How to Cope with the Added Stressors of At-Home Learning | Children's Bureau



Distanced Learning Tips for Parents on How to Cope

Distanced learning means that not only does all of the school work now live at home, but so do stressors that are usually out of your hands. For example, time that was typically to yourself is now shared by the family, making coping with distanced learning a stressor in itself. However, a little reorganization and structure can lighten the load and relieve the stress. Read on for a list of coping mechanisms and  virtual learning tips for parents.

Create a Routine

One of the most effective ways to cope with the added stressors of at-home learning is to create a school day routine for your child. While you may not be running out of the house at 7:30am to make it to the classroom on time, the consistency of a wake up routine is still just as important. Try to create and stick to a timed schedule for waking up, getting dressed for the day, and eating breakfast before the school day starts. This will bring a sense of normalization and consistency for your child, making each day run significantly smoother.

Keep in Contact

Distanced learning also means that you don’t get to see the child’s teacher and other parents on a regular basis as much as you used to. However, that should not hold you back from keeping in contact with them. 

Luckily in today’s day and age, we have the technology to still remain face to face virtually when keeping in contact with one another. That said, use this to your advantage! Either via Zoom calls or FaceTime, be sure to stay in touch with your child’s teacher so that you are on top of the progress they are making from home. Also, keep in touch with other parents for support and remote learning tips along the way.

Check in With Your Child

Before the school day starts and when the day ends, check in with your child. Here are some questions you can ask to check in with your child:

Before the school day begins:

  • What assignments/schoolwork do you have today?
  • What out of those is the most important?
  • What are three goals you have for today?
  • What can I do to help you today?

After the school day ends:

  • How was your day?
  • What do you feel like you did well today?
  • Was there anything hard in your school work or emotionally today?

Each of these questions will prompt a conversation that will allow you to offer positive reinforcement and have a deeper understanding of how they are doing to support them both educationally and emotionally for positive reinforcement.

Encourage Creativity and Physical Exercise

Creativity and physical activity are equally as important as coursework, especially when your child is working and learning from home.

Throughout the day, allow your children the time and space to get creative and move their bodies. Stress can build up physically throughout the day and take a toll on your child’s well being and learning experience.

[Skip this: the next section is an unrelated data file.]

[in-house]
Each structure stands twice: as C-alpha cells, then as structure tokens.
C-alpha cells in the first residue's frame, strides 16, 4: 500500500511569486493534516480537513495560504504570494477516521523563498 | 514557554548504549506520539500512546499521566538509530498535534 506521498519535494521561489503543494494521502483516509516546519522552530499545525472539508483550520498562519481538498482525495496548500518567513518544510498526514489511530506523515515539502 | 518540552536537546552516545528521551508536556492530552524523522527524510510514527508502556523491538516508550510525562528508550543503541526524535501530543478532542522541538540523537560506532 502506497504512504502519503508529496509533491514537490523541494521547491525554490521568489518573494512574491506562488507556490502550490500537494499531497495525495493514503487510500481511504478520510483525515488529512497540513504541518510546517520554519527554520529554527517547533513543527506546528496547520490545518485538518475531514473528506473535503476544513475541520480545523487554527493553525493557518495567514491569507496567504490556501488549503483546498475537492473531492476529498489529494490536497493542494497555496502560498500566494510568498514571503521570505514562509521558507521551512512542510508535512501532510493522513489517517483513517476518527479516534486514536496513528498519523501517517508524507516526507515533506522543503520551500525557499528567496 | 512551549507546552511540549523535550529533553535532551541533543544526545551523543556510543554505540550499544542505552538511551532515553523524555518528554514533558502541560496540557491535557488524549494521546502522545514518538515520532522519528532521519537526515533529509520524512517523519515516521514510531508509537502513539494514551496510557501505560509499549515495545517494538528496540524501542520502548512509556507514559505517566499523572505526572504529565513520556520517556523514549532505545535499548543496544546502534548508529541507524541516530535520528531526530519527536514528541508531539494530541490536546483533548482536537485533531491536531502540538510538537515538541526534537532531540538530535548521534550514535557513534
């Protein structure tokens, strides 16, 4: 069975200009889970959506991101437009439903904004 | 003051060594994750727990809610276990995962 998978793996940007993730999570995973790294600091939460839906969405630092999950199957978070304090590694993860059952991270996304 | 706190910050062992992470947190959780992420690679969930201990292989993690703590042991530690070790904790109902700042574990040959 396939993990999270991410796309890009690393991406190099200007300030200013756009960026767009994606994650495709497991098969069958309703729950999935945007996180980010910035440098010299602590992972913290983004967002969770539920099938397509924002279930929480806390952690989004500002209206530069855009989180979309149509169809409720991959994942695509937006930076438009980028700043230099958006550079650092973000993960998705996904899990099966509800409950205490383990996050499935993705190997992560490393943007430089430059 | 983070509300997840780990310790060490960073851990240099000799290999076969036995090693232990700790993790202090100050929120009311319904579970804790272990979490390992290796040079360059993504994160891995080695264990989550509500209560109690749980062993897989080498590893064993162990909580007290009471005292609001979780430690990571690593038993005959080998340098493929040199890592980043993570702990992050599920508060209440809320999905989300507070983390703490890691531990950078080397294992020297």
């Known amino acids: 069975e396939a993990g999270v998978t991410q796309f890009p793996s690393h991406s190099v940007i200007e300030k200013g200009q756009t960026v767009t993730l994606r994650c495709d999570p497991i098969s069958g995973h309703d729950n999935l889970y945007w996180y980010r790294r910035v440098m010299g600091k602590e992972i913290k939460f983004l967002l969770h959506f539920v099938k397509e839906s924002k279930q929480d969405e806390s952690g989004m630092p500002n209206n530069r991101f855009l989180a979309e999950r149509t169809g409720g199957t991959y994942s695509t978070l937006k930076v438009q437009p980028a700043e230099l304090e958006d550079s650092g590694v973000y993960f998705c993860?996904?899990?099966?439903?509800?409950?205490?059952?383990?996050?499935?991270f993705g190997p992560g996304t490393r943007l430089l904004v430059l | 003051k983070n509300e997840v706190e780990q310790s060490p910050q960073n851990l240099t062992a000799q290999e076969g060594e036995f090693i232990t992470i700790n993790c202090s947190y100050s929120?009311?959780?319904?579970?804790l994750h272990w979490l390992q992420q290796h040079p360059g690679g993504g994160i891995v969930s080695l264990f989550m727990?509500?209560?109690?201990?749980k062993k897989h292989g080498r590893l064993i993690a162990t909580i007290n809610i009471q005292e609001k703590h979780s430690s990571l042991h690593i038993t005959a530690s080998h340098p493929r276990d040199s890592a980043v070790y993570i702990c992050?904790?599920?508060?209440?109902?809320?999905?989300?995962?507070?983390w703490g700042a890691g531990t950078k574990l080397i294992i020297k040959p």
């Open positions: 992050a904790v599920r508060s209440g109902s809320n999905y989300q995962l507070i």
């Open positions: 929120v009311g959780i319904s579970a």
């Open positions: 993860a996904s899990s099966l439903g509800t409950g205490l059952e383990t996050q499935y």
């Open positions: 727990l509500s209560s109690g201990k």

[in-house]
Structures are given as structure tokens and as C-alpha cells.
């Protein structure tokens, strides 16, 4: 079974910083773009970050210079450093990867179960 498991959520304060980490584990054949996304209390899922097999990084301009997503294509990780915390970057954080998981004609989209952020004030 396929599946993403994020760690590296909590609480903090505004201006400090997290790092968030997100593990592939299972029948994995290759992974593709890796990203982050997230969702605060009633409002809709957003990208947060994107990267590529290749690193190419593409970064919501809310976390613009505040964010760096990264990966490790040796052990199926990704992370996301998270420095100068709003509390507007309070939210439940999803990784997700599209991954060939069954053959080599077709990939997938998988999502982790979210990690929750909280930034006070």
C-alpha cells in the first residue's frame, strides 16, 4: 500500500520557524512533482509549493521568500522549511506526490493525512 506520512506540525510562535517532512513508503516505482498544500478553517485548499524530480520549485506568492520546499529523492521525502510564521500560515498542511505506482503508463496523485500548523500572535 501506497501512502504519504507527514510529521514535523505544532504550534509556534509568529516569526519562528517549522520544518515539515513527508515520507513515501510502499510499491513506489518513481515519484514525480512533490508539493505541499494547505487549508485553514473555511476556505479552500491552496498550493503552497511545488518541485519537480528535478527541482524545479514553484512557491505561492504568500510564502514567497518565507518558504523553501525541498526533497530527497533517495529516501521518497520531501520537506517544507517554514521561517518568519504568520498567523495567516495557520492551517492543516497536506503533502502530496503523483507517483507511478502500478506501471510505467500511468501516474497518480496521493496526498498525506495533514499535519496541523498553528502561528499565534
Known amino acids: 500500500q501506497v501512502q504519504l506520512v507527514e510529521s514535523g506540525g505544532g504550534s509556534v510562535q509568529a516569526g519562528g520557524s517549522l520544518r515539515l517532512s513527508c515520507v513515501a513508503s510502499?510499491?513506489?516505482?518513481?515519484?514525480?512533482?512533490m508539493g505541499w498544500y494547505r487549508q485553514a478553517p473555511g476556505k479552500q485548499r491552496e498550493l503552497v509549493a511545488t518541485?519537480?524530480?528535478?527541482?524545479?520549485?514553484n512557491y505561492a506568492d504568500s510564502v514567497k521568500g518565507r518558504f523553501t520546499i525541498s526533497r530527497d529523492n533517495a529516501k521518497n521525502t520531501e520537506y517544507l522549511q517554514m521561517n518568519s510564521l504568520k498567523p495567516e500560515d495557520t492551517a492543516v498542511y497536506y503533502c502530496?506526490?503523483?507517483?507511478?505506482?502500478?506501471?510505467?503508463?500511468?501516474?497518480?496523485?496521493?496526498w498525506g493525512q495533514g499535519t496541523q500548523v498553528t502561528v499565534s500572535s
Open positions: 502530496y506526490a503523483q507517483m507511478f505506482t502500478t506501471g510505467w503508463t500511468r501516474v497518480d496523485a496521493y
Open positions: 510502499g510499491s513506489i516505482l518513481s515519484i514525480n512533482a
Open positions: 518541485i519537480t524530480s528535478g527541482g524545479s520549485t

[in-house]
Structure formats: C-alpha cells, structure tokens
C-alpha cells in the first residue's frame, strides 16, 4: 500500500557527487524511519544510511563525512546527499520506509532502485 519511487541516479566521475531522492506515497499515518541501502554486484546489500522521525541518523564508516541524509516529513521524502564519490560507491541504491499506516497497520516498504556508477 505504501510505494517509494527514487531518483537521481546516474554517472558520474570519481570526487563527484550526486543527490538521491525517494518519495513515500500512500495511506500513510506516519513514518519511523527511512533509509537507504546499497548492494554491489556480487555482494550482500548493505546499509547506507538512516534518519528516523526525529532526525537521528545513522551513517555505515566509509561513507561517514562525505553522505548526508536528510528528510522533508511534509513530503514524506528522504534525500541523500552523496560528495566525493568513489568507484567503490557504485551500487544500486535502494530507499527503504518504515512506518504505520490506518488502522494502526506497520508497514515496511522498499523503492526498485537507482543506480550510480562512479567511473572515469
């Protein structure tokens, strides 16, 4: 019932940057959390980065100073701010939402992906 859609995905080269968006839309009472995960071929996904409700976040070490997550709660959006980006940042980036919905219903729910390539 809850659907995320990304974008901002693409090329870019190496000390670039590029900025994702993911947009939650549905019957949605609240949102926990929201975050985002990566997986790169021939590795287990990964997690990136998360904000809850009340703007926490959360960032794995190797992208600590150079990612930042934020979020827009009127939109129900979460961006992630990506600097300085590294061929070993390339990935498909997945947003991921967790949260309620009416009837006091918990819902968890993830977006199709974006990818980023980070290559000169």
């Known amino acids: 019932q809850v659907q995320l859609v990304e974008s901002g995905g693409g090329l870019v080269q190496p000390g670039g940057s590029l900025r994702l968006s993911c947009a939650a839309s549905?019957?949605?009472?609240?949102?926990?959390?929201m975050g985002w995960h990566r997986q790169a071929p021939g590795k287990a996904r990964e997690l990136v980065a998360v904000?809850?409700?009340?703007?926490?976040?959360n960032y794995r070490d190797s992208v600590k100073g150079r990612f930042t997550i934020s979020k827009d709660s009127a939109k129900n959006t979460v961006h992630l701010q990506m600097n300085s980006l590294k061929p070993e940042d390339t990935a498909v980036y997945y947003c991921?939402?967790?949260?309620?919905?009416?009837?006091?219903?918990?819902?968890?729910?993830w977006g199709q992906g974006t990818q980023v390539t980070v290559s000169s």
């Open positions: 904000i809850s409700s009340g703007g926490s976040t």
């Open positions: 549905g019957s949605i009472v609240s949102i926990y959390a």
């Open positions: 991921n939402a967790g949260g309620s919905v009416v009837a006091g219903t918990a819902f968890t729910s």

Either individually or together as a family, consider going for a walk, drawing, painting, or doing a quick online yoga class. There are plenty of options when it comes to creativity and exercise, that said, give your child the option based on their mood and what they feel they need that day. 

Display Your Child’s Work in Your Home

While your child is spending a significant amount of their time at home, showing off their hard work on the walls of your home is a great method for how to build self esteem in children and allow them to feel like their hard work is being noticed. Whether it is a drawing, a writing project, or any other school-related work, displaying these pieces will create a working environment that will foster positive emotions all around.

Take Care of Yourself

Lastly, and perhaps most importantly, be sure that you are taking care of yourself emotionally as well. Giving yourself the time, space, and emotional support you need, however you need, will allow you to show up for your children everyday.

While it is not realistic to take a mini vacation or simply take the “day off” from parenting, there are pockets throughout the day that you can make use of to reset. Even the quiet moments before bed, in the shower, or driving to the grocery store and listening to your favorite songs can make all the difference in your days. 

Coping Beyond The Walls of Your Home

At times, stressors can feel overwhelming and out of your control. That said, oftentimes people turn to therapy and counseling to help alleviate the stressors of uncertain moments. If you feel that your child can use the extra support, Children’s Bureau helps children 0-21 years of age by providing an extensive variety of mental health resources. With these tools and treatment plans, your child will have the support they need to succeed in times of uncertainty and distress.

However you choose to cope with the stressors of at home learning, you can be sure that each of these “at home learning tips for parents” listed above will help take some of the weight off of your shoulders and create a beneficial learning environment for your child at home. 

Reviewed by:

Jose A. Ramos Jr., Director of Prevention
Jose A. Ramos Jr., MSW, is the Director of Primary Prevention at Children’s Bureau. He has worked with Children’s Bureau since 1994 and has over 30-years of experience working in the Child Welfare field. He has a master’s degree in social work from the University of Long Beach and is earning his MBA. Jose is also Secretary of the National Association of Social Workers.


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